Understanding how we sense touch, temperature earns a Nobel

The protein that allows us to sense touch is big and complicated.

Enlarge / The protein that allows us to sense touch is big and complicated. (credit: PDB)

Today’s Nobel Prize is in “Physiology or Medicine,” which often means “biology” these days. And 2021 is no exception, as two researchers have won for their discoveries of how humans detect their immediate environment through the sense of touch. David Julius won half the prize for identifying the protein that allows us to sense painful heat or its chemical mimic from chili peppers, and Ardem Patapoutian gets the other half by figuring out how we sense physical touch.

The key discovery made by both researchers involved a clever scheme that allowed them to identify the critical gene involved in a fairly specific process. But that discovery opened the door to a lot of follow-on work. In the case of temperature, it enabled the discovery of a small family of related proteins that all sense different aspects of heat or cold. And in the case of touch, the discovery reveals that the same protein manages to track all sorts of stresses and strains inside the body.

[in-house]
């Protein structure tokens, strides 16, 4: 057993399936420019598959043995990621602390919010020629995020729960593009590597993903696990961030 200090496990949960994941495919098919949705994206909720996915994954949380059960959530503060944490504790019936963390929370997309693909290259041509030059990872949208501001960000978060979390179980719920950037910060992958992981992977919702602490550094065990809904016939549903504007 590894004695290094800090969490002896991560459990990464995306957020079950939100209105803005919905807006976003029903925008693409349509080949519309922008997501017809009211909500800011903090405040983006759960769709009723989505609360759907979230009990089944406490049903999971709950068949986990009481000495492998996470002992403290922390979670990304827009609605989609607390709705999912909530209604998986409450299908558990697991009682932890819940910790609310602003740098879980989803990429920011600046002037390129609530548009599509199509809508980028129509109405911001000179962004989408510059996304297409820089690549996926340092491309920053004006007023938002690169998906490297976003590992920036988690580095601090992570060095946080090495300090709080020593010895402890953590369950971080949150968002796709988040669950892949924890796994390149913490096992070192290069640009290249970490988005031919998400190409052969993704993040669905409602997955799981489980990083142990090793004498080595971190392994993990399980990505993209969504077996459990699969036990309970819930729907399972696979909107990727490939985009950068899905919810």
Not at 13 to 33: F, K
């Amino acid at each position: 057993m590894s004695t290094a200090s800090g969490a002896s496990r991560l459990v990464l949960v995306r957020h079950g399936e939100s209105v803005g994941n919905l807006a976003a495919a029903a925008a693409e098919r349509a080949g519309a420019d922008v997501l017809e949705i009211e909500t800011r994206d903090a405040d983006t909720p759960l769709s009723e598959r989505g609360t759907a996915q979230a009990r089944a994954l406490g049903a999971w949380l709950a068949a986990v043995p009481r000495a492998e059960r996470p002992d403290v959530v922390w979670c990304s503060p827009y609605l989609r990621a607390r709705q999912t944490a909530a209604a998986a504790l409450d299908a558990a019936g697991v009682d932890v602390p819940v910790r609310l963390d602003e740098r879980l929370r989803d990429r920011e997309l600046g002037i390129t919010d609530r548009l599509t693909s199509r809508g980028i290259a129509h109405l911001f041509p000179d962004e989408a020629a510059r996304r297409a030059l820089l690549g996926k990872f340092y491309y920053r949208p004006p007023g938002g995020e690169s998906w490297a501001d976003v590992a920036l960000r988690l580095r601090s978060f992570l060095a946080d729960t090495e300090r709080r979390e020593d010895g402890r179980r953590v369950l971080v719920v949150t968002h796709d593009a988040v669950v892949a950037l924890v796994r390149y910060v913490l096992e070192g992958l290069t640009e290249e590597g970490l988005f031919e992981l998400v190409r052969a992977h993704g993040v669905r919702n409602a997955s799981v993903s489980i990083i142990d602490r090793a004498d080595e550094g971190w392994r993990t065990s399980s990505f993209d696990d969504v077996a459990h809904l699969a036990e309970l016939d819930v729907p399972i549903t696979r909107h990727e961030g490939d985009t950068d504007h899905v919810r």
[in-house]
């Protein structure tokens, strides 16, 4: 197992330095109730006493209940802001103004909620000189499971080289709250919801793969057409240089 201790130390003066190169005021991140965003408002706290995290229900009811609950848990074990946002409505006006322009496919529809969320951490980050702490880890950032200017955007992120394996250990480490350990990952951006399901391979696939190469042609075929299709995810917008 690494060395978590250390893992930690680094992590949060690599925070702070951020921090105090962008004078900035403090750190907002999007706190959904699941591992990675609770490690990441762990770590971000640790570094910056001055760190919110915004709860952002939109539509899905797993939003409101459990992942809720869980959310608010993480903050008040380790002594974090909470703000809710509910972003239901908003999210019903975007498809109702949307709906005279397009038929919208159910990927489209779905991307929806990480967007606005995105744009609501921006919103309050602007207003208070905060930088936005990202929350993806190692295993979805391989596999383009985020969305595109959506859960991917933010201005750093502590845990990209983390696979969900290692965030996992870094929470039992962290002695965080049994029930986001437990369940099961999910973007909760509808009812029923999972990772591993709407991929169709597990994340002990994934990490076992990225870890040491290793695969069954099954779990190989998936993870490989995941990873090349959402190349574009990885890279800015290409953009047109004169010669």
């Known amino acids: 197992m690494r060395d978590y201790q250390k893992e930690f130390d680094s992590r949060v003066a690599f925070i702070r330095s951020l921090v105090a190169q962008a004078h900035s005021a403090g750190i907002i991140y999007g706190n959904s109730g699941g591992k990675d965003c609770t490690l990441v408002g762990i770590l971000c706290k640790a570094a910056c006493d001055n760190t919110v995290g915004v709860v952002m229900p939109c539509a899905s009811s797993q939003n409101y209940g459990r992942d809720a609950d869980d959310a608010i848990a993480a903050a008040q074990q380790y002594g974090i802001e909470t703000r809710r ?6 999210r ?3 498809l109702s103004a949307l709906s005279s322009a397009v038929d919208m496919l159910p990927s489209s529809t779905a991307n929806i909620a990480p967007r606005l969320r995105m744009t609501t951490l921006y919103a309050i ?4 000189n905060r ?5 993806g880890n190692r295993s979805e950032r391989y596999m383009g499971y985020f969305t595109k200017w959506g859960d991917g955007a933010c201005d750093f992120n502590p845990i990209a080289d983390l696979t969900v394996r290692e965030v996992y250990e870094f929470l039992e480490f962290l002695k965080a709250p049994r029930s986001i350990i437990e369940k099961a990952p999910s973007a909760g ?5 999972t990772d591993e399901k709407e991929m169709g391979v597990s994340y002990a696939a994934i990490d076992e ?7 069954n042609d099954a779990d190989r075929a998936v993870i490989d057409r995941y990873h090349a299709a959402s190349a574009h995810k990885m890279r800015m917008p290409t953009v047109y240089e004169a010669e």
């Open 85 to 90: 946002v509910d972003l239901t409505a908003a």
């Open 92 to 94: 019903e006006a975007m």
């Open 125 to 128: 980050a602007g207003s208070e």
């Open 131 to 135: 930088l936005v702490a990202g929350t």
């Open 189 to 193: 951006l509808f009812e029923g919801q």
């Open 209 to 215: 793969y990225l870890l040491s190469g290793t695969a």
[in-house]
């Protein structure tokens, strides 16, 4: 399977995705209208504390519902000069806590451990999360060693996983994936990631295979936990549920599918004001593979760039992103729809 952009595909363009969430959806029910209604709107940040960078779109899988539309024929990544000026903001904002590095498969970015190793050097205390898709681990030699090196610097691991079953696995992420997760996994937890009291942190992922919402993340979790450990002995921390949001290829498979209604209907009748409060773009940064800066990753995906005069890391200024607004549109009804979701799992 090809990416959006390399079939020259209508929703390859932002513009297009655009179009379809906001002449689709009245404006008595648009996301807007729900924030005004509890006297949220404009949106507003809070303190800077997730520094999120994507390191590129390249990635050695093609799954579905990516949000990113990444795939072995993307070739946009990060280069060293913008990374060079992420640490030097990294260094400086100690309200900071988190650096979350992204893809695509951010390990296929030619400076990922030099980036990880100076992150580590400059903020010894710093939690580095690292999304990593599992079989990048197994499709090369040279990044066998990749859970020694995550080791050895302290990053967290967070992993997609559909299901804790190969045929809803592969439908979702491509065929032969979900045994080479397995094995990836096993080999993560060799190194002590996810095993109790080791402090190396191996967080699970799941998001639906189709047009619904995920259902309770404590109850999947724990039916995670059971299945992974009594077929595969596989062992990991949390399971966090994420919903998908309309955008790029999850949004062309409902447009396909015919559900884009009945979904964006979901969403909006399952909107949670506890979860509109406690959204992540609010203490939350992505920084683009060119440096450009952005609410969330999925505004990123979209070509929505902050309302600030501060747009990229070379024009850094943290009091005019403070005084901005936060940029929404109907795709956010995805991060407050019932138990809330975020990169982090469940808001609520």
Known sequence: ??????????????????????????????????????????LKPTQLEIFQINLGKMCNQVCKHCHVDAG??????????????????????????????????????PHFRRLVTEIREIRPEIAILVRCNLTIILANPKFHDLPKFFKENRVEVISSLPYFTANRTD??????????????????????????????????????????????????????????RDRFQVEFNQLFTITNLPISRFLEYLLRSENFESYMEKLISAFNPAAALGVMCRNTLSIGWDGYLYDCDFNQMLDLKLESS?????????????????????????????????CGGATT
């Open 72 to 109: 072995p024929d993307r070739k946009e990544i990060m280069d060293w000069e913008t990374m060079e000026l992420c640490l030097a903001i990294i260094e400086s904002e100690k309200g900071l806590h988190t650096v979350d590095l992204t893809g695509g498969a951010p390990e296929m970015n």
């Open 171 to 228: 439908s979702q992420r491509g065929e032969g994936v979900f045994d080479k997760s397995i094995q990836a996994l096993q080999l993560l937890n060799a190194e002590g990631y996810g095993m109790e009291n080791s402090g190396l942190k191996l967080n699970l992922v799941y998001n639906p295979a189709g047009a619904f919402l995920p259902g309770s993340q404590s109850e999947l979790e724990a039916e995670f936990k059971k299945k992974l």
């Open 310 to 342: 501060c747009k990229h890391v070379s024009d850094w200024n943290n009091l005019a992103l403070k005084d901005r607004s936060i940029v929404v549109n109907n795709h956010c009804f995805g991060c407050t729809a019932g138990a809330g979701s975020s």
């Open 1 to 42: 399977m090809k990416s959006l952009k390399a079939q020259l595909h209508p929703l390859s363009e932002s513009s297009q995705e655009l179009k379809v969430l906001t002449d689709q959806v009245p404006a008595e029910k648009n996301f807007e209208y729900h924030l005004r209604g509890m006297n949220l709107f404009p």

Feel the burn

People who enjoy a good chili pepper will often talk about the heat generated by the chemicals it contains. That turns out not to be a metaphor; over the years, researchers figured out that the key chemical from hot peppers, called capsaicin, activates the same nerve cells that are activated by unpleasant heat.

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